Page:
Home Equity Line of Credit A personal line of credit secured against the borrower's property. Generally, up to 75% of the purchase price or appraised value of the property is allowed to be borrowed with this product.
Interest-Only Mortgage A mortgage on which only the monthly interest cost is paid each month. The full principal remains outstanding. The payment is lower than an amortized mortgage since once is not paying any principal
Mortgagee The financial institution or person (lender) who is lending the money using a mortgage.
Mortgagor The person who borrows the money using a mortgage.
Portable Mortgage An existing mortgage that can be transferred to a new property. One would want to port their mortgage in order to avoid any penalties, or if the interest rate is much lower than the current rates.
Prepayment Penalty A fee charged a borrower by the lender when the borrower prepays all or part of a mortgage over and above the amount agreed upon. Although there is no law as to how a lender can charge you the penalty, a usual charge is the greater of the Interest Rate Differential (IRD) or 3 months interest.
Prime The lowest rate a financial institution charges its best customers.
Principal The original amount of a loan, before interest.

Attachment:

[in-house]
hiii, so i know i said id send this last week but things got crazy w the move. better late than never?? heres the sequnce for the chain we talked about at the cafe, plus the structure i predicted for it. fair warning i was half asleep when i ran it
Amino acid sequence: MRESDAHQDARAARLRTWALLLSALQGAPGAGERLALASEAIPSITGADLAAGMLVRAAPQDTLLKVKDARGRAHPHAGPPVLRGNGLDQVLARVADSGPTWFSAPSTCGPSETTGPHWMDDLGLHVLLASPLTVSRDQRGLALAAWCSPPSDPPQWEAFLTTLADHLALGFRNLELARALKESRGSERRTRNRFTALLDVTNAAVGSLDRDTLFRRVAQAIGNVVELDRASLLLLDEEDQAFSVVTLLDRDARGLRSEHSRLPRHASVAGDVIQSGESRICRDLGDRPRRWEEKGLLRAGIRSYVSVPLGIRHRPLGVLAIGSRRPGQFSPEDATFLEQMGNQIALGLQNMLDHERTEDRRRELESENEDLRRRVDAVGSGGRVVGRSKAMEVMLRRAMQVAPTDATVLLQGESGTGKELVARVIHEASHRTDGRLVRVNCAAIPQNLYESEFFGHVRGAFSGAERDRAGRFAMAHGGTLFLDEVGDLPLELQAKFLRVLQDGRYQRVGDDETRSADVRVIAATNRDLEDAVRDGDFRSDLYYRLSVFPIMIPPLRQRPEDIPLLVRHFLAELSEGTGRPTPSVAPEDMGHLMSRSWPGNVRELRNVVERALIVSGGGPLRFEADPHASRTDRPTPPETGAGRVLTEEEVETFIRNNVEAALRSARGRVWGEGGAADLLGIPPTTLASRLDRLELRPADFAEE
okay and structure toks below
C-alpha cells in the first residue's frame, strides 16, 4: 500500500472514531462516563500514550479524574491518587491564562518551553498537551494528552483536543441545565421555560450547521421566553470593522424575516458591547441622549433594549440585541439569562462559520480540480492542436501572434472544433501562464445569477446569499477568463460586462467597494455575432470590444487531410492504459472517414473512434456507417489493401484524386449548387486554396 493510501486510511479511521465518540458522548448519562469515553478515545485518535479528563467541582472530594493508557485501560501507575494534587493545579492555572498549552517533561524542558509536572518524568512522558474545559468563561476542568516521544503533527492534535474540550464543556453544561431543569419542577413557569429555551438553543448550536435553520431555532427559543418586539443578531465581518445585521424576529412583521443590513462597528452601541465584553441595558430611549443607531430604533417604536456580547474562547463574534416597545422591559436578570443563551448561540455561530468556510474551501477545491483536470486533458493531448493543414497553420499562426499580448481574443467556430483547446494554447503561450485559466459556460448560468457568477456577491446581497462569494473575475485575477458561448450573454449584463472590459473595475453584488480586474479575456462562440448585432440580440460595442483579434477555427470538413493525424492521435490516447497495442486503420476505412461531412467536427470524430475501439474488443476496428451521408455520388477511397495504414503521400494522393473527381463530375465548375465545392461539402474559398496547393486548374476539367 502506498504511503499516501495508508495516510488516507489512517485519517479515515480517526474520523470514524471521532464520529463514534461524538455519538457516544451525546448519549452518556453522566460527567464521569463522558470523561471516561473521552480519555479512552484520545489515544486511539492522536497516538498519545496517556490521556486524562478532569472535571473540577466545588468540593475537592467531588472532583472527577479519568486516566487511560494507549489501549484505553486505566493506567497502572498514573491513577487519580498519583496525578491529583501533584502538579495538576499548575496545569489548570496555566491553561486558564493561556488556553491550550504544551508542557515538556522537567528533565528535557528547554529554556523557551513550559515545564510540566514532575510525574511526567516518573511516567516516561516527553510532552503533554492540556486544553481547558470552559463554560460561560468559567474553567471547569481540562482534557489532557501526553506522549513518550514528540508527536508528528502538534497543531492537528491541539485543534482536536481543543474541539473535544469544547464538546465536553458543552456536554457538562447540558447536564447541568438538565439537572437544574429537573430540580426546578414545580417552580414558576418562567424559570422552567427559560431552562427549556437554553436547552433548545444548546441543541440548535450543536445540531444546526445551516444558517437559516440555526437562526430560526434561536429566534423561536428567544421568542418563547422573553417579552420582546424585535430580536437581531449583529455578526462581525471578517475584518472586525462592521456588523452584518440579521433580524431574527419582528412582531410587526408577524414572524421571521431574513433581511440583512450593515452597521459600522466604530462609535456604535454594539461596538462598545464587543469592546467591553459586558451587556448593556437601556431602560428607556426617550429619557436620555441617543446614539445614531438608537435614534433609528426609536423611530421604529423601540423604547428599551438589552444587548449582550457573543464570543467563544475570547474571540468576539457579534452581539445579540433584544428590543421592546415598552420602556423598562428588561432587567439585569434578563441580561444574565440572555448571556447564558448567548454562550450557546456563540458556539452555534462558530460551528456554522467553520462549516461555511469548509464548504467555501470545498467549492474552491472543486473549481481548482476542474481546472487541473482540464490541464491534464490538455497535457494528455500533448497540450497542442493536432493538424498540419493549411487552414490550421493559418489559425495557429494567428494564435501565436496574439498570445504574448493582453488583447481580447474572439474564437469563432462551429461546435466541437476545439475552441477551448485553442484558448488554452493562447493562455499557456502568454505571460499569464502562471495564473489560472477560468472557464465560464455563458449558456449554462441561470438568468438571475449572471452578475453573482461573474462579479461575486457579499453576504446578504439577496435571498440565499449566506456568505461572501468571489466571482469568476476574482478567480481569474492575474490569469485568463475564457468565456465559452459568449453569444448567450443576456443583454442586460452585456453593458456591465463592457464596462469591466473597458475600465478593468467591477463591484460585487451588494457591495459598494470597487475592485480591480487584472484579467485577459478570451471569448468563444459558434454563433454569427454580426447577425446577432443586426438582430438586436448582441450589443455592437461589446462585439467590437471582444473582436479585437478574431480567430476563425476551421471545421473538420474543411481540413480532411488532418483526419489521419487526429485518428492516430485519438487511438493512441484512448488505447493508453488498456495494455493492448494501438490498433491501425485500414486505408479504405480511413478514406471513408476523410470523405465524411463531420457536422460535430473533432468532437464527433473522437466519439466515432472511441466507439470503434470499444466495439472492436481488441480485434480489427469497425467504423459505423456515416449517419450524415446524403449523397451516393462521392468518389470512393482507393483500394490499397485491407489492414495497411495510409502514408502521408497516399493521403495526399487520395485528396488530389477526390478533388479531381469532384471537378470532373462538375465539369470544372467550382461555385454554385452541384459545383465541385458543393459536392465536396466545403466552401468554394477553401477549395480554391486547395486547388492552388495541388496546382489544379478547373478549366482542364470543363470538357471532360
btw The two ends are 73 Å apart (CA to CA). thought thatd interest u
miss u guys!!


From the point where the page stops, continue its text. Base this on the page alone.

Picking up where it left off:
Refinance Refers to the replacement of an existing debt obligation with a debt obligation under different terms. The most common consumer refinancing is for a home mortgage. If the replacement of debt occurs under financial distress, it is also referred to as debt restructuring. A loan (debt) can be refinanced for various reasons: 1.) to take advantage of a better interest rate (which will result in either a reduced monthly payment or a reduced term); 2.) to consolidate other debt(s) into one loan(this will result in a longer term); 3.) to reduce the monthly repayment amount (this will result in a longer term) 4.) to reduce or alter risk (e.g. changing from a variable-rate to a fixed-rate loan) 5.) to free up cash (this will result in a longer term). Breaking your mortgage contract to renew at a new rate and a new term, may include a prepayment charge to reimburse your financial institution for the lost interest income. As a rule, the prepayment charge is based on three months interest or the interest rate differential (the difference between your current mortgage rate for the balance of your term and the new rate you want to refinance at), whichever is greater. This amount will tell you if you should refinance the mortgage. The shorter the remaining term - less than a year is best - the smaller the penalty. The longer the term left on your mortgage, the greater the prepayment penalties. I am able to calculate your information to determine if you should break your mortgage and take advantage of current lower rates.